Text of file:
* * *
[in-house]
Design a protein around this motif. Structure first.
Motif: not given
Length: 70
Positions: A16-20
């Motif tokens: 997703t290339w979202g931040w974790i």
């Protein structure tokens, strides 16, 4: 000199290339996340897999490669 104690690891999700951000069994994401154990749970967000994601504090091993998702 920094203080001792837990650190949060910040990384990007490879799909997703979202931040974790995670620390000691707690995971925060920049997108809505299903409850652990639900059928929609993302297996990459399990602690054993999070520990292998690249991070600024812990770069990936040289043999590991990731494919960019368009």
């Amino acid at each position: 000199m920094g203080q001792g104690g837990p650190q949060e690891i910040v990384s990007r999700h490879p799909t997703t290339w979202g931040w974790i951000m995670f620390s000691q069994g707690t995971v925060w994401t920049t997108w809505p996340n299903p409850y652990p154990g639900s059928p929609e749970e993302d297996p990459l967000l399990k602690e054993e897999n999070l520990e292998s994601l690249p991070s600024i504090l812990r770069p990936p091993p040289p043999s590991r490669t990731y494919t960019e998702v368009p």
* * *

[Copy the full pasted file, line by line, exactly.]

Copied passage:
[in-house]
Design a protein around this motif. Structure first.
Motif: not given
Length: 70
Positions: A16-20
């Motif tokens: 997703t290339w979202g931040w974790i």
């Protein structure tokens, strides 16, 4: 000199290339996340897999490669 104690690891999700951000069994994401154990749970967000994601504090091993998702 920094203080001792837990650190949060910040990384990007490879799909997703979202931040974790995670620390000691707690995971925060920049997108809505299903409850652990639900059928929609993302297996990459399990602690054993999070520990292998690249991070600024812990770069990936040289043999590991990731494919960019368009």
């Amino acid at each position: 000199m920094g203080q001792g104690g837990p650190q949060e690891i910040v990384s990007r999700h490879p799909t997703t290339w979202g931040w974790i951000m995670f620390s000691q069994g707690t995971v925060w994401t920049t997108w809505p996340n299903p409850y652990p154990g639900s059928p929609e749970e993302d297996p990459l967000l399990k602690e054993e897999n999070l520990e292998s994601l690249p991070s600024i504090l812990r770069p990936p091993p040289p043999s590991r490669t990731y494919t960019e998702v368009p």